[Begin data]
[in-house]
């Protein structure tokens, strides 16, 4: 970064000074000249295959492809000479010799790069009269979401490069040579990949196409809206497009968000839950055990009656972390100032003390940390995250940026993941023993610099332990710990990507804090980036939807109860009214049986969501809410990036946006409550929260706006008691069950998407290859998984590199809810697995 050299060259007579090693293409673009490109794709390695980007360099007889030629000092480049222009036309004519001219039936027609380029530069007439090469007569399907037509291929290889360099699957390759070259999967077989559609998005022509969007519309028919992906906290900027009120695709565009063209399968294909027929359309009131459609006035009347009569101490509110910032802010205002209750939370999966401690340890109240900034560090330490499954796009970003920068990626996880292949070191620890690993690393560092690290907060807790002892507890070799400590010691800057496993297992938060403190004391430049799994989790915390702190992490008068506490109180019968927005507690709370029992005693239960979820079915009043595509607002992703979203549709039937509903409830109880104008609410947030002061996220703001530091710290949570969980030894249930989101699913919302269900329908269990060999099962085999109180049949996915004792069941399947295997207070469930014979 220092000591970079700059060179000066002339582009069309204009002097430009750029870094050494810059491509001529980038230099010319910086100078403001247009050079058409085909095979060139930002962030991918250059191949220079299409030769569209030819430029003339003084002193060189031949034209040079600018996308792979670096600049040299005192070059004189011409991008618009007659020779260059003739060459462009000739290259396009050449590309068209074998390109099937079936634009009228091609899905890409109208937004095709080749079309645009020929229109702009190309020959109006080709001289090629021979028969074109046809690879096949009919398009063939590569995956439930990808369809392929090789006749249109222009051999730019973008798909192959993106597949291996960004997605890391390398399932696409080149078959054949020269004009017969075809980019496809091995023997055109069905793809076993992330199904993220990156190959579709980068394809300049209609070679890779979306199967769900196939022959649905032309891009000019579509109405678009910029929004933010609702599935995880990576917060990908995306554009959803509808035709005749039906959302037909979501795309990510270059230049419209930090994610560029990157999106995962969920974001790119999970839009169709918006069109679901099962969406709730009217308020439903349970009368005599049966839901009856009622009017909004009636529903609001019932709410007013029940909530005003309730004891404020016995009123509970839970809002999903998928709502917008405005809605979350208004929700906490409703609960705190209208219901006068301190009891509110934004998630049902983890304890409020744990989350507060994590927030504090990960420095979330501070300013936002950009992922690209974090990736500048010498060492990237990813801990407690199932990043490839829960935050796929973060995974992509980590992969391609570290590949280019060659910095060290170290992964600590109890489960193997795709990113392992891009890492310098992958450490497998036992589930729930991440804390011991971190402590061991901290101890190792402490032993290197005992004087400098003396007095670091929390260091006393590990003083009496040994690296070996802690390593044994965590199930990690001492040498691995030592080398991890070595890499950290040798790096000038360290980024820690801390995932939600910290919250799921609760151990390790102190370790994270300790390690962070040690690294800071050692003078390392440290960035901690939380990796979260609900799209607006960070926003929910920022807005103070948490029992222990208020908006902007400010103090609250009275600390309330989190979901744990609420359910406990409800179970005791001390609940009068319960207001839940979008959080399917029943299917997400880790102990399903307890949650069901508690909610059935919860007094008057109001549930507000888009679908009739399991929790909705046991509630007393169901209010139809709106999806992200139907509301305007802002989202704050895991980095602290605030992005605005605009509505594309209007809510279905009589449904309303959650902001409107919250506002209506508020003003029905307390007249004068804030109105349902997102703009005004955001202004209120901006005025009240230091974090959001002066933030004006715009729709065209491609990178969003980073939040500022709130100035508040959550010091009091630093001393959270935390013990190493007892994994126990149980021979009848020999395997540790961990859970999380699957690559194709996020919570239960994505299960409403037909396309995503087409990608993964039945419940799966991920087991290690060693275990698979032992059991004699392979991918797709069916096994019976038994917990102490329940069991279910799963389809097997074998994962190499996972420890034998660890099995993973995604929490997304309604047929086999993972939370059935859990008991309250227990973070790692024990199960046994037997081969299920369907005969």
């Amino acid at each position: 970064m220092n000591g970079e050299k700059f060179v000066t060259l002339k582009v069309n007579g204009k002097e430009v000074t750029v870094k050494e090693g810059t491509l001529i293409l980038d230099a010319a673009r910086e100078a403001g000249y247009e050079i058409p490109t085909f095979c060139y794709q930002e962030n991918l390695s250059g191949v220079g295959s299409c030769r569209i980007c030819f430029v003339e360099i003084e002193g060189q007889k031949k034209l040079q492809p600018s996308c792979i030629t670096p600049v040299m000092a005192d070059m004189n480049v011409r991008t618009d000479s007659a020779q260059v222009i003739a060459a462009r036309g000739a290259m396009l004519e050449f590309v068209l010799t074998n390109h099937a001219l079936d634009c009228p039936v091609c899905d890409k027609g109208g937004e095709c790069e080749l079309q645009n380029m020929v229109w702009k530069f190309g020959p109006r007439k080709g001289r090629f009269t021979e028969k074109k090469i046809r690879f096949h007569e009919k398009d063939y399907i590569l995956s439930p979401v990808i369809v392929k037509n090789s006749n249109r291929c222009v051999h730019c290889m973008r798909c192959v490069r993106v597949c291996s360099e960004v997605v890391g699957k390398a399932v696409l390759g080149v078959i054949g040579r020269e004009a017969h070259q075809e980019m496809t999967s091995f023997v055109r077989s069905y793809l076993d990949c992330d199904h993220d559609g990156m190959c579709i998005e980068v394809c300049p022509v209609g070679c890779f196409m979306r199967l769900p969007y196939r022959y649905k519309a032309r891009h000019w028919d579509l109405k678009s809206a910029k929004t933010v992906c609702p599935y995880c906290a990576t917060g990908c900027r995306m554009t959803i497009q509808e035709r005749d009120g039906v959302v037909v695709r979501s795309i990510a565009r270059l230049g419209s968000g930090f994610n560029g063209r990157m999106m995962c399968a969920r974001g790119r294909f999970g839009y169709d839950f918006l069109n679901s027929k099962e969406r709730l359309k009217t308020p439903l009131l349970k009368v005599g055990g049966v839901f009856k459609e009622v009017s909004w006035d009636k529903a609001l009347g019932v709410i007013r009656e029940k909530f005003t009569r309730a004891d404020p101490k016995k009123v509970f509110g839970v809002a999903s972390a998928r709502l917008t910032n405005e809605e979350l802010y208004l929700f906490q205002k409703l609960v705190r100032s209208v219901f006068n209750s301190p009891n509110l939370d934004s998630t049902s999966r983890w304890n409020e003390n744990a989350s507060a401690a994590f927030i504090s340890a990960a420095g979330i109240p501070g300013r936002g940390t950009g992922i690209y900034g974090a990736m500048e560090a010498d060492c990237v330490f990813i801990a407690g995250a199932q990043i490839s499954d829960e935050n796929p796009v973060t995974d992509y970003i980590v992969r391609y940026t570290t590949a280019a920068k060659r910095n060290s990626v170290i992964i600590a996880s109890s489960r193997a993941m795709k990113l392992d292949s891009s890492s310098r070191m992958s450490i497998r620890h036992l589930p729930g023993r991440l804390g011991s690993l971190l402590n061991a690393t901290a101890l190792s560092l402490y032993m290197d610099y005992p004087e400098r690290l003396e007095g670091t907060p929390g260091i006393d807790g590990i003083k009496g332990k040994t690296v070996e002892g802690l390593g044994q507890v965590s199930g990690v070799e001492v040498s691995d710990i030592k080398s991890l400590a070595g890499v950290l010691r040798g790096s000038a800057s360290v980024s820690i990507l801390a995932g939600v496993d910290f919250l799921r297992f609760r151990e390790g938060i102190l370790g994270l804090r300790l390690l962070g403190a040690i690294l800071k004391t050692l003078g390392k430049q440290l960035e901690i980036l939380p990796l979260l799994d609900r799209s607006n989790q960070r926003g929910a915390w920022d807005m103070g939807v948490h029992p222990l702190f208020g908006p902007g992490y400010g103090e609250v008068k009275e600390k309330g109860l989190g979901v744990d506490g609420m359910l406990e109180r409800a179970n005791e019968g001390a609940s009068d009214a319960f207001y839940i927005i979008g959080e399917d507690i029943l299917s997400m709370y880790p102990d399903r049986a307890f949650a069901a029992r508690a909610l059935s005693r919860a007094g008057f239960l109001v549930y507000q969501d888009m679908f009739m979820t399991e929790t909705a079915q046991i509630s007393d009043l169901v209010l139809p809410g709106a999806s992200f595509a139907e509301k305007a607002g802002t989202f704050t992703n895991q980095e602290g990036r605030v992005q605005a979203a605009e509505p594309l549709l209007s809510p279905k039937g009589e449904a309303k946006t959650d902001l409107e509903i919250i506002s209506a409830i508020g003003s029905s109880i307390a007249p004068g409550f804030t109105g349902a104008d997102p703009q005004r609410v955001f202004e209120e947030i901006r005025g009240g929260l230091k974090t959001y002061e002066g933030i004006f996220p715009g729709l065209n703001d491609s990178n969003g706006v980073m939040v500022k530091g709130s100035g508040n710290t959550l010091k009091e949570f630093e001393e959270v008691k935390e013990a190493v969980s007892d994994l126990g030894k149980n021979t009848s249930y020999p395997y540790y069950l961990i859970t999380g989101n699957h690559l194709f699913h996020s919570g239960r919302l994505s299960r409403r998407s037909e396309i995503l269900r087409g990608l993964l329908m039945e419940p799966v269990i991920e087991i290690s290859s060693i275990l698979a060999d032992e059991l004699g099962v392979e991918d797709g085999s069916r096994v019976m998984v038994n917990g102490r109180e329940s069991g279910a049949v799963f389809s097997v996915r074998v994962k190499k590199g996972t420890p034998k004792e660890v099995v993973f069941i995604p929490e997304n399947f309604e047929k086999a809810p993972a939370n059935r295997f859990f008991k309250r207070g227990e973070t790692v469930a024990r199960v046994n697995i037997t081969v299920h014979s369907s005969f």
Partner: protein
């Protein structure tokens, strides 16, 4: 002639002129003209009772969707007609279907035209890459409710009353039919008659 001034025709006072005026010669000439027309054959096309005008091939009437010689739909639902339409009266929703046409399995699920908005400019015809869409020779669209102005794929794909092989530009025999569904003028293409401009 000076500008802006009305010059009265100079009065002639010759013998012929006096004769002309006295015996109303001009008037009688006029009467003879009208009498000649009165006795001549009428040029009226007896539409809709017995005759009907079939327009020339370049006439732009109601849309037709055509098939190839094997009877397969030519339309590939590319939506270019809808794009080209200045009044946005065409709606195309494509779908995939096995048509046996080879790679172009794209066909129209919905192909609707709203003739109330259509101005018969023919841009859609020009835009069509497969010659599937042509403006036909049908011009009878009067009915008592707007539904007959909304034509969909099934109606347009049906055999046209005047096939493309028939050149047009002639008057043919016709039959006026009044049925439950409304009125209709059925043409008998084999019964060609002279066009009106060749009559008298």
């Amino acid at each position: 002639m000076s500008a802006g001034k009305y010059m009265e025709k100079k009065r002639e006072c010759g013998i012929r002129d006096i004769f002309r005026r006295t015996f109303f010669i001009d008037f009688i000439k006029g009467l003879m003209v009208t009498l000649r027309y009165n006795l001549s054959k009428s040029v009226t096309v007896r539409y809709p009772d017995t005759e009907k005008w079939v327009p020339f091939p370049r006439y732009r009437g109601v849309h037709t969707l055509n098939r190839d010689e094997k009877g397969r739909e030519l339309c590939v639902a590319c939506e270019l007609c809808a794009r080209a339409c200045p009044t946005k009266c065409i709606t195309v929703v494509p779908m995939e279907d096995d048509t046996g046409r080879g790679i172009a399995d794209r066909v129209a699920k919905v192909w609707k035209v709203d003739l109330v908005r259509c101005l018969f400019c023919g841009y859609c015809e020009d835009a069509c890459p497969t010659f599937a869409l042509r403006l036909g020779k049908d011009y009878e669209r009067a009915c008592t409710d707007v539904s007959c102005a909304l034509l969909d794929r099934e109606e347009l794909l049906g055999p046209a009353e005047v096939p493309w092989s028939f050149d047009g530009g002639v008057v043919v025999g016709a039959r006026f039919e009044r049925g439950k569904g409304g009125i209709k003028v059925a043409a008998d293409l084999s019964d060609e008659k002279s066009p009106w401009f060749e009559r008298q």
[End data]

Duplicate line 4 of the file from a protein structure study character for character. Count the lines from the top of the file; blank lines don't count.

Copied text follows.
Partner: protein